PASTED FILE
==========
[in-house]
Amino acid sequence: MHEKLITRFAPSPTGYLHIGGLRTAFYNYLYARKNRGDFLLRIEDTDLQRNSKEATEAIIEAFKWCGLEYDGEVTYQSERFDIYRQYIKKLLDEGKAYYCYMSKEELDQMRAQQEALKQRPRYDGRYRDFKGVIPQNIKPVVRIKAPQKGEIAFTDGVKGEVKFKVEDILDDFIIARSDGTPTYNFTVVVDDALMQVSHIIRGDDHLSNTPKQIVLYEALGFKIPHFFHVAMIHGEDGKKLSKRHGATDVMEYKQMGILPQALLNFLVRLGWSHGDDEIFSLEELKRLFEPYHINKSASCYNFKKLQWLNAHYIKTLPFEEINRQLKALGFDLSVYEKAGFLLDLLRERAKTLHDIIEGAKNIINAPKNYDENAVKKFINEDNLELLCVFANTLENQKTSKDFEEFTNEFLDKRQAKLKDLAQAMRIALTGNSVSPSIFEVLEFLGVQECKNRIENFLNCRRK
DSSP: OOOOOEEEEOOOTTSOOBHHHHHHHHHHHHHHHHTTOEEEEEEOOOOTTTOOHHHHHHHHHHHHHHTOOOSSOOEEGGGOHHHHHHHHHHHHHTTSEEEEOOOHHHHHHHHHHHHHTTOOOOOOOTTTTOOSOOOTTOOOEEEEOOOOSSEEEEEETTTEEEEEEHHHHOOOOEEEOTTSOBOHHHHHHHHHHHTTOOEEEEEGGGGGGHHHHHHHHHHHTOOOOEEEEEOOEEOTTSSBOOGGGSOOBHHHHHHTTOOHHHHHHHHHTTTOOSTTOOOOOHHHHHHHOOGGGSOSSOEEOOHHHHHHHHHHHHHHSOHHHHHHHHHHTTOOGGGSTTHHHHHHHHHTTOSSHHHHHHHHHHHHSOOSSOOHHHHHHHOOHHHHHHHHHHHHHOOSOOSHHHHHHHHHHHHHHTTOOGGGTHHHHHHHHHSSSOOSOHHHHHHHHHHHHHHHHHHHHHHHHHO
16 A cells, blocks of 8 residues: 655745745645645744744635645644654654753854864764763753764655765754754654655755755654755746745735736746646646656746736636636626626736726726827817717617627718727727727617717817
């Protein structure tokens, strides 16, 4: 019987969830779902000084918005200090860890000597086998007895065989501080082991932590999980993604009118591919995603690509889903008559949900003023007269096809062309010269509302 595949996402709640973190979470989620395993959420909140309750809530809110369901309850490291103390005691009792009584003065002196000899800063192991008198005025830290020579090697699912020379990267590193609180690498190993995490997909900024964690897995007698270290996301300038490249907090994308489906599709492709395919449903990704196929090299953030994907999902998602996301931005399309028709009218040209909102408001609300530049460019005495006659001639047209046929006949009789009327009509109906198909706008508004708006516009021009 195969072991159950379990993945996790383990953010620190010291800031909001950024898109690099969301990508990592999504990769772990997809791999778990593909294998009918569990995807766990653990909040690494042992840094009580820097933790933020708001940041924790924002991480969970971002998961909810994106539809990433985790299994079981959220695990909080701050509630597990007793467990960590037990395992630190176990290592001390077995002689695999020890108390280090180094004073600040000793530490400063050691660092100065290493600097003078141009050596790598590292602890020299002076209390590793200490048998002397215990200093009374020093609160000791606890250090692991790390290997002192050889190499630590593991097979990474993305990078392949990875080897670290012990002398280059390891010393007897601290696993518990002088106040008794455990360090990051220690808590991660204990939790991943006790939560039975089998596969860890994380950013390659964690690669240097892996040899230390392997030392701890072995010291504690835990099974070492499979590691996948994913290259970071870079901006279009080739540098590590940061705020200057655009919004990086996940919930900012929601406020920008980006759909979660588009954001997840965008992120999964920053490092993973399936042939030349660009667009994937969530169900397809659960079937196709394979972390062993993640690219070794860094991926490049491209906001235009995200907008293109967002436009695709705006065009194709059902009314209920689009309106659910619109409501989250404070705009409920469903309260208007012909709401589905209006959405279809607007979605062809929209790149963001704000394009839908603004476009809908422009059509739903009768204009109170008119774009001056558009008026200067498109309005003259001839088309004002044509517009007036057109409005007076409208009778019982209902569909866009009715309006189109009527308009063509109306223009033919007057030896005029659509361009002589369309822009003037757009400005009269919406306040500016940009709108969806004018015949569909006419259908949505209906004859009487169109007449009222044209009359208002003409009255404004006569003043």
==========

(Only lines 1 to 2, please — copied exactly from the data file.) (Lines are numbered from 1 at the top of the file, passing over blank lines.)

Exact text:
[in-house]
Amino acid sequence: MHEKLITRFAPSPTGYLHIGGLRTAFYNYLYARKNRGDFLLRIEDTDLQRNSKEATEAIIEAFKWCGLEYDGEVTYQSERFDIYRQYIKKLLDEGKAYYCYMSKEELDQMRAQQEALKQRPRYDGRYRDFKGVIPQNIKPVVRIKAPQKGEIAFTDGVKGEVKFKVEDILDDFIIARSDGTPTYNFTVVVDDALMQVSHIIRGDDHLSNTPKQIVLYEALGFKIPHFFHVAMIHGEDGKKLSKRHGATDVMEYKQMGILPQALLNFLVRLGWSHGDDEIFSLEELKRLFEPYHINKSASCYNFKKLQWLNAHYIKTLPFEEINRQLKALGFDLSVYEKAGFLLDLLRERAKTLHDIIEGAKNIINAPKNYDENAVKKFINEDNLELLCVFANTLENQKTSKDFEEFTNEFLDKRQAKLKDLAQAMRIALTGNSVSPSIFEVLEFLGVQECKNRIENFLNCRRK